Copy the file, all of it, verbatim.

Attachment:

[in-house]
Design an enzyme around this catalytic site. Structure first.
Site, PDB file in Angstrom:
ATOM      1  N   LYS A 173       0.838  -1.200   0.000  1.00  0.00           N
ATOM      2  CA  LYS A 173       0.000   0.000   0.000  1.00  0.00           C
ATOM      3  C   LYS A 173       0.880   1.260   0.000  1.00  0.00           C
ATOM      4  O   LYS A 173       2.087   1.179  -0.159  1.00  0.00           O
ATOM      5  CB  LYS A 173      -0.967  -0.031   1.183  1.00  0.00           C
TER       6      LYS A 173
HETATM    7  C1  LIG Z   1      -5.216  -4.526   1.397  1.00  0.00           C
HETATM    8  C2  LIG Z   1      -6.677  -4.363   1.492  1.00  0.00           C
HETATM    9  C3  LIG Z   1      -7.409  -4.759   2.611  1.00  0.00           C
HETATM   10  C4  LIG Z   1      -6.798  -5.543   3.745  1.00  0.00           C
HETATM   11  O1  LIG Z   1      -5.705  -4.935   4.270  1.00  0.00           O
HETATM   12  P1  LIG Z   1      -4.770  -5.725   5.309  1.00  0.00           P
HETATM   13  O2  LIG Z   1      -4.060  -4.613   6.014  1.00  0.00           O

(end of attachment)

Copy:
[in-house]
Design an enzyme around this catalytic site. Structure first.
Site, PDB file in Angstrom:
ATOM      1  N   LYS A 173       0.838  -1.200   0.000  1.00  0.00           N
ATOM      2  CA  LYS A 173       0.000   0.000   0.000  1.00  0.00           C
ATOM      3  C   LYS A 173       0.880   1.260   0.000  1.00  0.00           C
ATOM      4  O   LYS A 173       2.087   1.179  -0.159  1.00  0.00           O
ATOM      5  CB  LYS A 173      -0.967  -0.031   1.183  1.00  0.00           C
TER       6      LYS A 173
HETATM    7  C1  LIG Z   1      -5.216  -4.526   1.397  1.00  0.00           C
HETATM    8  C2  LIG Z   1      -6.677  -4.363   1.492  1.00  0.00           C
HETATM    9  C3  LIG Z   1      -7.409  -4.759   2.611  1.00  0.00           C
HETATM   10  C4  LIG Z   1      -6.798  -5.543   3.745  1.00  0.00           C
HETATM   11  O1  LIG Z   1      -5.705  -4.935   4.270  1.00  0.00           O
HETATM   12  P1  LIG Z   1      -4.770  -5.725   5.309  1.00  0.00           P
HETATM   13  O2  LIG Z   1      -4.060  -4.613   6.014  1.00  0.00           O